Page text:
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Currently there is some anxiety over ‘missing payments’ from Airbnb to its landlords. Some, often very large amounts, are 45+ days overdue. And NSW Airbnb platform users are complaining about a massive drop-off in bookings in the Sydney CBD as well as rural areas. On Social Media questions abound over whether bushfires or saturation of the market is the root cause. And be it Dingo Creek or Cessnock, reporters just stumble across Airbnb landlords ready to feature in Media articles. Mark Trevaskis and wife Fiona are those in the “tourism sector”, until regulations are mentioned; then they belong to Airbnb’s community, just ‘sharing’ a home.

ASTRA Chairman Rob Jeffers, who at recent count had 483 homes listed with Airbnb – so much for Airbnb’s ‘One Host, One Home’ policy - emailed short-term rental followers on 23 January, plugging Airbnb and those offering residential dwellings for a night or two to ‘holidaying heroes’. Jeffers also wrote: “One of the other aspect of the bushfires is the need for proper compliance to ensure properties are safe. Many councils have rigorous compliance for properties in bushfire prone areas and we can expect their efforts to increase significantly in the coming year.” Jeffres’ properties are all entire house, unstaffed commercial listings. There is no indication that these properties meet Federal Building Code standards as well as other legislative requirements.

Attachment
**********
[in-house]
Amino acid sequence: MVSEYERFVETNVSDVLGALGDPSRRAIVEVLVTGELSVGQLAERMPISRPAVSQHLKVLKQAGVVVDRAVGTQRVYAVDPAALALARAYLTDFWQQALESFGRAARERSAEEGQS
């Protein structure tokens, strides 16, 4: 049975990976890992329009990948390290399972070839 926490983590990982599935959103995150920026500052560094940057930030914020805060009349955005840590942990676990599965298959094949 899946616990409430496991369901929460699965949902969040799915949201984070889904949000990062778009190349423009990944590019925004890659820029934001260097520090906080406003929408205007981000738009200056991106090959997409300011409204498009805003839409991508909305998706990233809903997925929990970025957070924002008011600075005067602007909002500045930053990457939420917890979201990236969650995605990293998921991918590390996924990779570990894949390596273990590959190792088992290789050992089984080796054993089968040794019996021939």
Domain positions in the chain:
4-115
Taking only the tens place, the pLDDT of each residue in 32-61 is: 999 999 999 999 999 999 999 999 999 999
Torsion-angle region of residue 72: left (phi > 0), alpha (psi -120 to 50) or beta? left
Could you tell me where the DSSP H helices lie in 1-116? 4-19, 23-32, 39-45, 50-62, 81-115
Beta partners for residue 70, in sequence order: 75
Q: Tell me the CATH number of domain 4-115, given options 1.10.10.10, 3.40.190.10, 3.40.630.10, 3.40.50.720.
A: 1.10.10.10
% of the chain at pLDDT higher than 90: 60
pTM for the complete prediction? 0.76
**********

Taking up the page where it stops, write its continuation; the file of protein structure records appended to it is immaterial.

On 08 April 2008 the NSW Minister for Fair Trading reminded Parliament that Real Estate Agents are generally responsible for arranging leases and are licensed under the Property Stock and Business Agents Act. Parliamentary records state: “The Office of Fair Trading would examine any improper or questionable actions undertaken by…agents.” Also, “Penalties for breaching the legislation include a range of disciplinary actions from a reprimand to cancellation of a licence and disqualification from involvement in a real estate business.” In 2019 NSW Fair Trading confirmed that where the activities of an agent are not in accordance with zoning regulations one is “welcome to submit this information to Fair Trading for further assessment of the agents (sic) conduct”. Earlier this month Tweed Shire Council identified, amongst 368 dwellings listed by nine real estate agents, homes advertised for short-term rental by Airbnb in breach of residential zoning. Anyone listing on the Airbnb platform must nominate that they meet all legislative requirements. Details have been sent to Fair Trading and we await the penalties and disciplinary action promised.

Along with NSW, fault of Airbnb platform users, Victoria too has been beset by multiple rapes, murders and widespread destruction of property. CEO Brian Chesky recently guaranteed Airbnb would establish a ‘Rapid Response Team’ to handle such events. Alas, this equates to taxpayer funded Victoria Police, according to Airbnb’s Head of Public Policy for Australia and New Zealand, Derek Nolan.

Submissions for yet another ‘have your say’ on short-term rentals in the Byron Shire close on 30 January and documents can be found on Council’s website. An editorial in the local is highly critical of bias, the process and the penetration of commercial interests in the area: “Did you know that 1,311 listings for entire homes in Byron are listed by only 359 hosts? …this is an industry that has its hooks in our Shire. It’s a tough balance to get right where individual freedoms don’t impinge upon the freedoms of others. Unfortunately, the Byron Shire councillor majority have form in the area of putting developer interests over community…”

Having undertaken all due diligence when purchasing Residential property, the NSW State Government is now intent on turning our homes into hotels and forcing us all to live in an ongoing, unstable, unregulated transit environment. NSW Residents consider this to be akin to an acquisition of our valuable proprietary rights without compensation. For neighbours, this is Airbnb Hell.


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